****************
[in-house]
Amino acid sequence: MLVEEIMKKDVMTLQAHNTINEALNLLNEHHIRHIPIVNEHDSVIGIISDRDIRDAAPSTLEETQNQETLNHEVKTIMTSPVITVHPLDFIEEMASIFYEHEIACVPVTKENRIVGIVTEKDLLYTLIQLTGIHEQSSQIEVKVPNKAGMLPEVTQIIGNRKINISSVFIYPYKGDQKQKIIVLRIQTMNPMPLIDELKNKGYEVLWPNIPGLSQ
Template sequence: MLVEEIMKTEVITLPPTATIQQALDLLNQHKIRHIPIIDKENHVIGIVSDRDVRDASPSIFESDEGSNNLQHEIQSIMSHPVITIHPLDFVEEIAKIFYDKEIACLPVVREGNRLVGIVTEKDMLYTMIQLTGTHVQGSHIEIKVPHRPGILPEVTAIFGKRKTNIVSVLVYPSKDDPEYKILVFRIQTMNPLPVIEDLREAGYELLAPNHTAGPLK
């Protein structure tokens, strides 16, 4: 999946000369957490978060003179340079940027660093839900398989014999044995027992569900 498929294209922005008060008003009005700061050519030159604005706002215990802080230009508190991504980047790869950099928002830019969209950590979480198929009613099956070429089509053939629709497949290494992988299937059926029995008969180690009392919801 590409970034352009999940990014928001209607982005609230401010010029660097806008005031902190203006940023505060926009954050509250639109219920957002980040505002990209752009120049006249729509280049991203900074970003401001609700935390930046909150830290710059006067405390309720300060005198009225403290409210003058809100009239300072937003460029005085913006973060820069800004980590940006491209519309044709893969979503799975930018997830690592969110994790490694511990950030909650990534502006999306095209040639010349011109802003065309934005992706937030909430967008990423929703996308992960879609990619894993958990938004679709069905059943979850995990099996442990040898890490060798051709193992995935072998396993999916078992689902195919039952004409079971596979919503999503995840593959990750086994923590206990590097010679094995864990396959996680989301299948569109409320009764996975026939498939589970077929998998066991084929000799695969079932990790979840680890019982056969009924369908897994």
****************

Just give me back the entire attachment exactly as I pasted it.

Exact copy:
[in-house]
Amino acid sequence: MLVEEIMKKDVMTLQAHNTINEALNLLNEHHIRHIPIVNEHDSVIGIISDRDIRDAAPSTLEETQNQETLNHEVKTIMTSPVITVHPLDFIEEMASIFYEHEIACVPVTKENRIVGIVTEKDLLYTLIQLTGIHEQSSQIEVKVPNKAGMLPEVTQIIGNRKINISSVFIYPYKGDQKQKIIVLRIQTMNPMPLIDELKNKGYEVLWPNIPGLSQ
Template sequence: MLVEEIMKTEVITLPPTATIQQALDLLNQHKIRHIPIIDKENHVIGIVSDRDVRDASPSIFESDEGSNNLQHEIQSIMSHPVITIHPLDFVEEIAKIFYDKEIACLPVVREGNRLVGIVTEKDMLYTMIQLTGTHVQGSHIEIKVPHRPGILPEVTAIFGKRKTNIVSVLVYPSKDDPEYKILVFRIQTMNPLPVIEDLREAGYELLAPNHTAGPLK
């Protein structure tokens, strides 16, 4: 999946000369957490978060003179340079940027660093839900398989014999044995027992569900 498929294209922005008060008003009005700061050519030159604005706002215990802080230009508190991504980047790869950099928002830019969209950590979480198929009613099956070429089509053939629709497949290494992988299937059926029995008969180690009392919801 590409970034352009999940990014928001209607982005609230401010010029660097806008005031902190203006940023505060926009954050509250639109219920957002980040505002990209752009120049006249729509280049991203900074970003401001609700935390930046909150830290710059006067405390309720300060005198009225403290409210003058809100009239300072937003460029005085913006973060820069800004980590940006491209519309044709893969979503799975930018997830690592969110994790490694511990950030909650990534502006999306095209040639010349011109802003065309934005992706937030909430967008990423929703996308992960879609990619894993958990938004679709069905059943979850995990099996442990040898890490060798051709193992995935072998396993999916078992689902195919039952004409079971596979919503999503995840593959990750086994923590206990590097010679094995864990396959996680989301299948569109409320009764996975026939498939589970077929998998066991084929000799695969079932990790979840680890019982056969009924369908897994």